ST. LOUIS — The full house at Enterprise Center roared at every mention of the three-on-three women’s hockey exhibition during the NHL All-Star Game’s skills competition Friday night.

It was the first time women competed in their own event during the NHL’s all-star festivities, and to no one’s surprise, they stole the show. The 20-minute game — a 2-1 victory for Canada over the United States that featured stellar goaltending from both teams — had fans captivated with the impressive talent on display. The event was a showcase for women’s hockey, but the future of the sport on the professional level is in question.

“It’s an atmosphere you dream about often,” Kendall Coyne Schofield said. “You want to see a full building of people supporting women’s hockey. We know we can get there. If you build it, they will come. If we had the proper infrastructure day in and day out, we will have that many fans routinely.”

This was the third straight year that the NHL invited women’s players to participate in its all-star festivities, and it has boosted their presence each time. Last year, Coyne Schofield became the first woman to compete in the skills competition; she placed seventh out of eight in the fastest skater event but was less than a second behind the winner, Edmonton’s Connor McDavid. This year’s three-on-three game presented a larger platform, and there is room to grow. Coyne Schofield said she would love to see more international players involved in future showcases.

Multiple NHL players praised the level of play in Friday’s exhibition, with Washington Capitals winger T.J. Oshie calling it “impressive.” Oshie has two daughters, Lyla (5) and Leni (3); neither has gotten particularly interested in skating yet, but he’s excited about the possibility.

“For them to look up to role models like this and be able to see them at the NHL All-Star Weekend I think is pretty cool,” Oshie said. “They were on the bench with me out there and they saw some of the girls skating around, so it’s pretty special for them to see that.”

NHL Commissioner Gary Bettman shared that sentiment: “The fact that we can shine, using our light, a brighter light on the women’s game I think is a positive for them, for the game and for young girls watching and aspiring to do the same thing.”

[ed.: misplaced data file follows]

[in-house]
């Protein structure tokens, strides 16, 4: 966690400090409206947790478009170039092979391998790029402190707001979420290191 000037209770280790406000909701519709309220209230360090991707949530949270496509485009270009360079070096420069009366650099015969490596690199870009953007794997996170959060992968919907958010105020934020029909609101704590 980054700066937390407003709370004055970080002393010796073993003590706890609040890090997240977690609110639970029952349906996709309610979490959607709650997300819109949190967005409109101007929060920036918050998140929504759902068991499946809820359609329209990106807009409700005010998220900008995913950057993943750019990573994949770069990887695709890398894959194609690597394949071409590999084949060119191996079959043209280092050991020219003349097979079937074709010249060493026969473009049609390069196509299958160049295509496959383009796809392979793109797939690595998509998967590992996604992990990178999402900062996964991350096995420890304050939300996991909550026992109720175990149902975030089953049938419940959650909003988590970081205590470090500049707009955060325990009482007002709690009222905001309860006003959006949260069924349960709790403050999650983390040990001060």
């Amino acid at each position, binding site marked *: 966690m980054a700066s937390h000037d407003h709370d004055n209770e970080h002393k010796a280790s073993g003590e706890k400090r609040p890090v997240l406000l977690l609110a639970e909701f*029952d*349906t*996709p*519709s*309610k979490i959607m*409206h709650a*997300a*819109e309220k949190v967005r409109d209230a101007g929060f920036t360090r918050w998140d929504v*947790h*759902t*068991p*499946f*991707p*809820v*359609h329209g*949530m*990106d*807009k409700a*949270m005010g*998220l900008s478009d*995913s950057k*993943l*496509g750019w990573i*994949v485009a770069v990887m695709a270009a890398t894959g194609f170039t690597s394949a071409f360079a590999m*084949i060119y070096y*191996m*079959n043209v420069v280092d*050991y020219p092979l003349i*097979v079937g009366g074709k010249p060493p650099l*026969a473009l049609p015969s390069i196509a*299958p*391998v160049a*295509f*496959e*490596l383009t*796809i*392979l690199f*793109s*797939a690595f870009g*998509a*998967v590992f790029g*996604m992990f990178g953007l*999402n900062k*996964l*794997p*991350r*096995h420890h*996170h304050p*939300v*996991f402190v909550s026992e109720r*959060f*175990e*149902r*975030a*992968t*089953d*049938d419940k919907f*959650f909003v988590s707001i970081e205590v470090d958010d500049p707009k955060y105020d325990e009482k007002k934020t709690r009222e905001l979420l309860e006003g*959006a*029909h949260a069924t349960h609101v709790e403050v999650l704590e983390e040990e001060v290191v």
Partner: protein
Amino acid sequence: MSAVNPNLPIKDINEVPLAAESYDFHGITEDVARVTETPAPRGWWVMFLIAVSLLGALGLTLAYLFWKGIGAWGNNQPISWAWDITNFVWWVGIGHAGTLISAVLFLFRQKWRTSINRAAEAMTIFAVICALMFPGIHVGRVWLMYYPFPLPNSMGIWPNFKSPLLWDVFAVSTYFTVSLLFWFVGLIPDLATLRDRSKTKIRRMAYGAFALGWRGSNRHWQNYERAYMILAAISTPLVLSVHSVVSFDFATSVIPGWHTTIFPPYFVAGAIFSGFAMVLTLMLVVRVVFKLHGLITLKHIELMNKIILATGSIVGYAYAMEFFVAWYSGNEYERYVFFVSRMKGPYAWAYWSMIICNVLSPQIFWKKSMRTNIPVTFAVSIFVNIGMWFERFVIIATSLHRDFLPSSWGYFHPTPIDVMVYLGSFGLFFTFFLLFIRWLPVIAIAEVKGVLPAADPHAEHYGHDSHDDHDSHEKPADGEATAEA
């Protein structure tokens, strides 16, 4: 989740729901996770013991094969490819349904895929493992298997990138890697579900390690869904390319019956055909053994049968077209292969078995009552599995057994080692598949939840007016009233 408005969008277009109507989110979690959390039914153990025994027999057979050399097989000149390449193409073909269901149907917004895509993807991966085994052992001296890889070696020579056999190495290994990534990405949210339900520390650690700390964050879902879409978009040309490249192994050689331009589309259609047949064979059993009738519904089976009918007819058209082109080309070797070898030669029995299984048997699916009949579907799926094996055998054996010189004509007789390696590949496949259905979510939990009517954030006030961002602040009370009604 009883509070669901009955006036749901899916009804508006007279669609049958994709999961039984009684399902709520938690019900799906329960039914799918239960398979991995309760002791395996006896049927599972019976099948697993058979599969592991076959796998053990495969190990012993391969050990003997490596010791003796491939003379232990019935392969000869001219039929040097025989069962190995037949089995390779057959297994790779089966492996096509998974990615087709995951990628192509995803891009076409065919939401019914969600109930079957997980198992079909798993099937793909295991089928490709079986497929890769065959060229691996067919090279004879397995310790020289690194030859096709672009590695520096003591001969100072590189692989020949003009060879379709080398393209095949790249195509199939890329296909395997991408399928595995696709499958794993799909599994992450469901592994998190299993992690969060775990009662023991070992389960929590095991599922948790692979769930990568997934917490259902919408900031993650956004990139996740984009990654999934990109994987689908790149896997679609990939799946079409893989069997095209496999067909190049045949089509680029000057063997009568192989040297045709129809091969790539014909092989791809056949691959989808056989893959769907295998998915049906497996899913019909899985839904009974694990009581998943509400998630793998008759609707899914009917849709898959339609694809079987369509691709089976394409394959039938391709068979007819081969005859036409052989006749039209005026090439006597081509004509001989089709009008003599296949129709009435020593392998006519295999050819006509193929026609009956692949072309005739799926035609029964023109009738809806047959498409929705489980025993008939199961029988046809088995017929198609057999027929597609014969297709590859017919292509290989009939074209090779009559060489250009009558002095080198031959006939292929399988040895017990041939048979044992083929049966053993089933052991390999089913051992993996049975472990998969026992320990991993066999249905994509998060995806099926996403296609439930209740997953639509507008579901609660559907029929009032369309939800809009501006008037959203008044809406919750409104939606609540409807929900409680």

But professional women’s hockey is in flux. The Canadian Women’s Hockey League abruptly folded at the end of last April, leaving the National Women’s Hockey League as the lone professional organization in North America. Many of the world’s best players are boycotting that league while waiting for a more sustainable model, and they organized the Professional Women’s Hockey Players Association on the advice of tennis legend Billie Jean King.

Of the 20 players who competed Friday night, 19 are members of the PWHPA, but the new association still has its challenges. Ice time has been inconsistent without a league and a routine schedule, Canadian forward Rebecca Johnston said.

“It’s definitely challenging, and it’s a step that we need to take,” she said. “I think there is so much talent in women’s hockey, and for us to try to push for a league that is sustainable for us, a plan, is a step we need to take. For us, it is a challenging year but something that needs to be done.”

There is no timeline for what comes next for the PWHPA. When asked about the possibility of an NHL-backed women’s league, Johnston said she is optimistic.

“I think we are all hopeful. And especially for us being here, I think that is a step in the right direction,” she said. “The NHL is supporting women’s hockey; they are helping us get the exposure that we need. The partnership is there. I think you know it’s not something that you can just build overnight, so for us it is something that we want to continue to grow the game and get as much exposure as we can.”

Focusing on grass-roots opportunities is key, some of the players said. Participation in girls’ and women’s hockey is on the rise in the United States: A record 82,808 girls and women registered to play, according to USA Hockey reports from June, the most recent available. That is a 4.35 percent increase from 2017-18. Every female age group from under-6 to adult increased by at least 1.62 percent.

The group with the highest growth was U9-10, which increased its registration numbers by 7.88 percent. Overall, there are 34,941 girls 10 and under who are registered with USA Hockey.

“I think we obviously want to try to grow our sport any time we can,” American forward Brianna Decker said. “ ... I think winning gold in 2018 [in the PyeongChang Olympics] has helped that. You know, Canada, they have a lot more support up there; [hockey] is what they live for. So our goal as women’s hockey players is to continue to grow the support.”

In recent years, that growth has seen its most significant upticks after the Olympics. The hope is that Friday’s NHL all-star platform served as another reminder to girls that they can participate in hockey, and that there are avenues to pursue even after college.

“I think we all wish we had women role models, like ourselves," Decker said. “And I think girls, it gives them a lot of hope and helps us grow our game as much as possible.”

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